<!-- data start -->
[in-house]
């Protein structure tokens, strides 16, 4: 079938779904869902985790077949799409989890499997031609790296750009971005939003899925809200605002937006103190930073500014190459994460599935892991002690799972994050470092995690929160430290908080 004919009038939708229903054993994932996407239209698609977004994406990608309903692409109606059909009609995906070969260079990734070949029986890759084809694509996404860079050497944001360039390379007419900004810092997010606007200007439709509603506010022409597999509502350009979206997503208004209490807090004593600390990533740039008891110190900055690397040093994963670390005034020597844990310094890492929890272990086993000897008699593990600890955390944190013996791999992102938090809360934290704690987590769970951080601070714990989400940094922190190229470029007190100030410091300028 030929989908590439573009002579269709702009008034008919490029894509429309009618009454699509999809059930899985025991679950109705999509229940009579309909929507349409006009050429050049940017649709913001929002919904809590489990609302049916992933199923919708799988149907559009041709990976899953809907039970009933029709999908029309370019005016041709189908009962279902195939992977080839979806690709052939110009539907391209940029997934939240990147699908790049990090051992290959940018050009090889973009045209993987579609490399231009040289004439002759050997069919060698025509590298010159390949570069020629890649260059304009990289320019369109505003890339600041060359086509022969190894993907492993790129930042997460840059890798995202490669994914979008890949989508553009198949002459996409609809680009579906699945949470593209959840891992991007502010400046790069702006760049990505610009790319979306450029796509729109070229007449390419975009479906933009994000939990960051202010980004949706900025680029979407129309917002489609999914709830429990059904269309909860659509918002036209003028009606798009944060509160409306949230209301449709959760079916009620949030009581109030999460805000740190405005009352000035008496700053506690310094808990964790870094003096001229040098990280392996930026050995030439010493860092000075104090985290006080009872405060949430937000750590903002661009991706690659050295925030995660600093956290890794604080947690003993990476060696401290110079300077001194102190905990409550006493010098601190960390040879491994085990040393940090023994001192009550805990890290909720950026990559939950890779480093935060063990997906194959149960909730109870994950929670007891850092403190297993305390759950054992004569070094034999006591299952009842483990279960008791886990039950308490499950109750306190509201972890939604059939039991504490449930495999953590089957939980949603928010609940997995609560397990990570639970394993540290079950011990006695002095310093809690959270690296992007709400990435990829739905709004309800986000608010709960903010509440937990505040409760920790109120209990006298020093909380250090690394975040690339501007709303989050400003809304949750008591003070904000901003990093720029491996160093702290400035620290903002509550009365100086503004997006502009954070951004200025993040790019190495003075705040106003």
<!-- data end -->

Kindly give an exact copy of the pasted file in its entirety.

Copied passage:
[in-house]
């Protein structure tokens, strides 16, 4: 079938779904869902985790077949799409989890499997031609790296750009971005939003899925809200605002937006103190930073500014190459994460599935892991002690799972994050470092995690929160430290908080 004919009038939708229903054993994932996407239209698609977004994406990608309903692409109606059909009609995906070969260079990734070949029986890759084809694509996404860079050497944001360039390379007419900004810092997010606007200007439709509603506010022409597999509502350009979206997503208004209490807090004593600390990533740039008891110190900055690397040093994963670390005034020597844990310094890492929890272990086993000897008699593990600890955390944190013996791999992102938090809360934290704690987590769970951080601070714990989400940094922190190229470029007190100030410091300028 030929989908590439573009002579269709702009008034008919490029894509429309009618009454699509999809059930899985025991679950109705999509229940009579309909929507349409006009050429050049940017649709913001929002919904809590489990609302049916992933199923919708799988149907559009041709990976899953809907039970009933029709999908029309370019005016041709189908009962279902195939992977080839979806690709052939110009539907391209940029997934939240990147699908790049990090051992290959940018050009090889973009045209993987579609490399231009040289004439002759050997069919060698025509590298010159390949570069020629890649260059304009990289320019369109505003890339600041060359086509022969190894993907492993790129930042997460840059890798995202490669994914979008890949989508553009198949002459996409609809680009579906699945949470593209959840891992991007502010400046790069702006760049990505610009790319979306450029796509729109070229007449390419975009479906933009994000939990960051202010980004949706900025680029979407129309917002489609999914709830429990059904269309909860659509918002036209003028009606798009944060509160409306949230209301449709959760079916009620949030009581109030999460805000740190405005009352000035008496700053506690310094808990964790870094003096001229040098990280392996930026050995030439010493860092000075104090985290006080009872405060949430937000750590903002661009991706690659050295925030995660600093956290890794604080947690003993990476060696401290110079300077001194102190905990409550006493010098601190960390040879491994085990040393940090023994001192009550805990890290909720950026990559939950890779480093935060063990997906194959149960909730109870994950929670007891850092403190297993305390759950054992004569070094034999006591299952009842483990279960008791886990039950308490499950109750306190509201972890939604059939039991504490449930495999953590089957939980949603928010609940997995609560397990990570639970394993540290079950011990006695002095310093809690959270690296992007709400990435990829739905709004309800986000608010709960903010509440937990505040409760920790109120209990006298020093909380250090690394975040690339501007709303989050400003809304949750008591003070904000901003990093720029491996160093702290400035620290903002509550009365100086503004997006502009954070951004200025993040790019190495003075705040106003």